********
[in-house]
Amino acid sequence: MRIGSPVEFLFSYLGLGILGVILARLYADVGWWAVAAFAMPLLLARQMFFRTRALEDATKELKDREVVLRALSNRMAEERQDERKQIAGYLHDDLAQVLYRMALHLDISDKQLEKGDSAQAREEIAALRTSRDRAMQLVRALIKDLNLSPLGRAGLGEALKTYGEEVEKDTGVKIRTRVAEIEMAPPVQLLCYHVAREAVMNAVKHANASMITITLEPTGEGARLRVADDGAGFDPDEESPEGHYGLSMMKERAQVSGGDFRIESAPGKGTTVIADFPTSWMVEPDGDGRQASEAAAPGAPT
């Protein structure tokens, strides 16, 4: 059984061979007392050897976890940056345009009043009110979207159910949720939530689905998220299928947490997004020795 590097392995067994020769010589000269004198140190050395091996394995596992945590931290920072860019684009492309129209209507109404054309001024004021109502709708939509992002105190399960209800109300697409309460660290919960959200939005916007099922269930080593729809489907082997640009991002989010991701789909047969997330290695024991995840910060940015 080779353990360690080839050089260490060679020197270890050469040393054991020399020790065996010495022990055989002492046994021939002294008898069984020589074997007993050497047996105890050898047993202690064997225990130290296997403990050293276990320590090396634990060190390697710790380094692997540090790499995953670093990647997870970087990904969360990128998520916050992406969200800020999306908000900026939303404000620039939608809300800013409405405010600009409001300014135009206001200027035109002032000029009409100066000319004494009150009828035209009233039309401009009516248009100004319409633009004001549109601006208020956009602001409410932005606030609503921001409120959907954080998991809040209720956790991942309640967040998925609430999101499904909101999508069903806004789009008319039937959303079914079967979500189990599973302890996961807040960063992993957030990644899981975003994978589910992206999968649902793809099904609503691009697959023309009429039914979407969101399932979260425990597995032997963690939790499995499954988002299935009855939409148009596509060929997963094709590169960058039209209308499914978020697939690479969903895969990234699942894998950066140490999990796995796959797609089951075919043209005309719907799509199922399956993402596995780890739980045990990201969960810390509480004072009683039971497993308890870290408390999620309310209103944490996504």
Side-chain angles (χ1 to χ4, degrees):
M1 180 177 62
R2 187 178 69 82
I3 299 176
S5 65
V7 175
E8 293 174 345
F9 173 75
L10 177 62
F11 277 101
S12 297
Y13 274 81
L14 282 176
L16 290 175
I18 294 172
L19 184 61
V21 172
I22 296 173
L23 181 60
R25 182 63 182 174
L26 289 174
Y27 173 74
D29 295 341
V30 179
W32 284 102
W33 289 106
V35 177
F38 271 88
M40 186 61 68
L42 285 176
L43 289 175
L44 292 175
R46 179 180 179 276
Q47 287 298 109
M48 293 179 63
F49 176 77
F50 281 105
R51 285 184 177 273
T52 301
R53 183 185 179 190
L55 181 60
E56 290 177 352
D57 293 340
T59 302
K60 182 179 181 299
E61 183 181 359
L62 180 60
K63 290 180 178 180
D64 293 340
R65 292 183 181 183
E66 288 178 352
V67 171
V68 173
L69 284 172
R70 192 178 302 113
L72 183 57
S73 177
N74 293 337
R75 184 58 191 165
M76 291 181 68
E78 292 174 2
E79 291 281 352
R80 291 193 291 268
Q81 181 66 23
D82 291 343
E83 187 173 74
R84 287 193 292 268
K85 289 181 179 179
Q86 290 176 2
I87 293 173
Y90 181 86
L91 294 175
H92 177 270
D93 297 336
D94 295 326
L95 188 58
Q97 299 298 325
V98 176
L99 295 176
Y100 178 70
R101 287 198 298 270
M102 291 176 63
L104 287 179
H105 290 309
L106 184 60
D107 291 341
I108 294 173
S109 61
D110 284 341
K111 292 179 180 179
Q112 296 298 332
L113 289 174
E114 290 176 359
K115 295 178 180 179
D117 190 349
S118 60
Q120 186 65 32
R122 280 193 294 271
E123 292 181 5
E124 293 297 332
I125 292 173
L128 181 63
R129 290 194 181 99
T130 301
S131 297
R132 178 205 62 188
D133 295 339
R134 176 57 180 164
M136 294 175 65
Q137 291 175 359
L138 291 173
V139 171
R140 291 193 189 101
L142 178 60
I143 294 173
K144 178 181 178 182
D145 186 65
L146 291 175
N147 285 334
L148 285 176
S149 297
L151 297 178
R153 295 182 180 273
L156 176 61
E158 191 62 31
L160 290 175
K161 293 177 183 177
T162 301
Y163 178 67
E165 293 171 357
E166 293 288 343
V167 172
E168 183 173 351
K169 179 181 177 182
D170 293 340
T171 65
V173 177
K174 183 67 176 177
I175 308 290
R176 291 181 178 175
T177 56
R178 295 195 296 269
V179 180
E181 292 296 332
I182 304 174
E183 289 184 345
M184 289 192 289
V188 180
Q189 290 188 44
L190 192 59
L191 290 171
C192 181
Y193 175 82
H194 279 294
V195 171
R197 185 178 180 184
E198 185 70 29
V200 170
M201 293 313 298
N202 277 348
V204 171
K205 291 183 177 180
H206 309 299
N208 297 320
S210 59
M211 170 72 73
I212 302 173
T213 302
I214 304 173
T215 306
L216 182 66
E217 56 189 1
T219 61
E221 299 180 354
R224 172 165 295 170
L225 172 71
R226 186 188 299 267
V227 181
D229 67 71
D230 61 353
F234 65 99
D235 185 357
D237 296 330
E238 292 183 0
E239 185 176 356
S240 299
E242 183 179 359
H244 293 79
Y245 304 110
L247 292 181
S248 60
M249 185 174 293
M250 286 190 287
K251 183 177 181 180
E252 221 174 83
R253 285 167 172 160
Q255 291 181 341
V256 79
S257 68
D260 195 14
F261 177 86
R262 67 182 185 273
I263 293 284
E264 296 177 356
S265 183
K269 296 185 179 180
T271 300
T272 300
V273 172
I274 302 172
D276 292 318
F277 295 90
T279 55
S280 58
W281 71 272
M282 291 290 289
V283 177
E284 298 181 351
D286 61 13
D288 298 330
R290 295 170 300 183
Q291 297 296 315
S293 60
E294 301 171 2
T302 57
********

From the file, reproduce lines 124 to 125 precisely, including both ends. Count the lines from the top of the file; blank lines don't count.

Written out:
S149 297
L151 297 178